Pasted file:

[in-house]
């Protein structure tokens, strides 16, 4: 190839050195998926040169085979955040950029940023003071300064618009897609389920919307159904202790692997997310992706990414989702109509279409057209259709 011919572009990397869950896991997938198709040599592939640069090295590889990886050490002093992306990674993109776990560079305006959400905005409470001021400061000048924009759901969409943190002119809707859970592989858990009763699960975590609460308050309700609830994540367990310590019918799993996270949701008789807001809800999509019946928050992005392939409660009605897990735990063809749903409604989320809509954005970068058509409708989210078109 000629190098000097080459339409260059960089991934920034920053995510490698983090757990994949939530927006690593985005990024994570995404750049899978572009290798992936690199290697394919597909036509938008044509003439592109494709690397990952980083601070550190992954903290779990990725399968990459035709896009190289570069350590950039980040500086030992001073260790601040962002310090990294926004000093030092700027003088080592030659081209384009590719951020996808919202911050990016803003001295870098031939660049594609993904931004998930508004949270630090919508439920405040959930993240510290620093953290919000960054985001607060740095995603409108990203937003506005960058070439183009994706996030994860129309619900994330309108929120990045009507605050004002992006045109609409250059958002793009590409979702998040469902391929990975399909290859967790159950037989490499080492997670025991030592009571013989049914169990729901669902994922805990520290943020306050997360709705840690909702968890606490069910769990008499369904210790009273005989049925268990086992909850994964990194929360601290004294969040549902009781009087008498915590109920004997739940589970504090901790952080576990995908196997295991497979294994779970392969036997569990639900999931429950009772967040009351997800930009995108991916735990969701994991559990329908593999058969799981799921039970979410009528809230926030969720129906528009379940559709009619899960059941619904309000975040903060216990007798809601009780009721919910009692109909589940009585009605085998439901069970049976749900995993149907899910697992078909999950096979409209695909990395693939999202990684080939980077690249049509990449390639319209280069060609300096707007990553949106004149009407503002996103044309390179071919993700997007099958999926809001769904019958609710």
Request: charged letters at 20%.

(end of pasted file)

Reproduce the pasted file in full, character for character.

[in-house]
């Protein structure tokens, strides 16, 4: 190839050195998926040169085979955040950029940023003071300064618009897609389920919307159904202790692997997310992706990414989702109509279409057209259709 011919572009990397869950896991997938198709040599592939640069090295590889990886050490002093992306990674993109776990560079305006959400905005409470001021400061000048924009759901969409943190002119809707859970592989858990009763699960975590609460308050309700609830994540367990310590019918799993996270949701008789807001809800999509019946928050992005392939409660009605897990735990063809749903409604989320809509954005970068058509409708989210078109 000629190098000097080459339409260059960089991934920034920053995510490698983090757990994949939530927006690593985005990024994570995404750049899978572009290798992936690199290697394919597909036509938008044509003439592109494709690397990952980083601070550190992954903290779990990725399968990459035709896009190289570069350590950039980040500086030992001073260790601040962002310090990294926004000093030092700027003088080592030659081209384009590719951020996808919202911050990016803003001295870098031939660049594609993904931004998930508004949270630090919508439920405040959930993240510290620093953290919000960054985001607060740095995603409108990203937003506005960058070439183009994706996030994860129309619900994330309108929120990045009507605050004002992006045109609409250059958002793009590409979702998040469902391929990975399909290859967790159950037989490499080492997670025991030592009571013989049914169990729901669902994922805990520290943020306050997360709705840690909702968890606490069910769990008499369904210790009273005989049925268990086992909850994964990194929360601290004294969040549902009781009087008498915590109920004997739940589970504090901790952080576990995908196997295991497979294994779970392969036997569990639900999931429950009772967040009351997800930009995108991916735990969701994991559990329908593999058969799981799921039970979410009528809230926030969720129906528009379940559709009619899960059941619904309000975040903060216990007798809601009780009721919910009692109909589940009585009605085998439901069970049976749900995993149907899910697992078909999950096979409209695909990395693939999202990684080939980077690249049509990449390639319209280069060609300096707007990553949106004149009407503002996103044309390179071919993700997007099958999926809001769904019958609710």
Request: charged letters at 20%.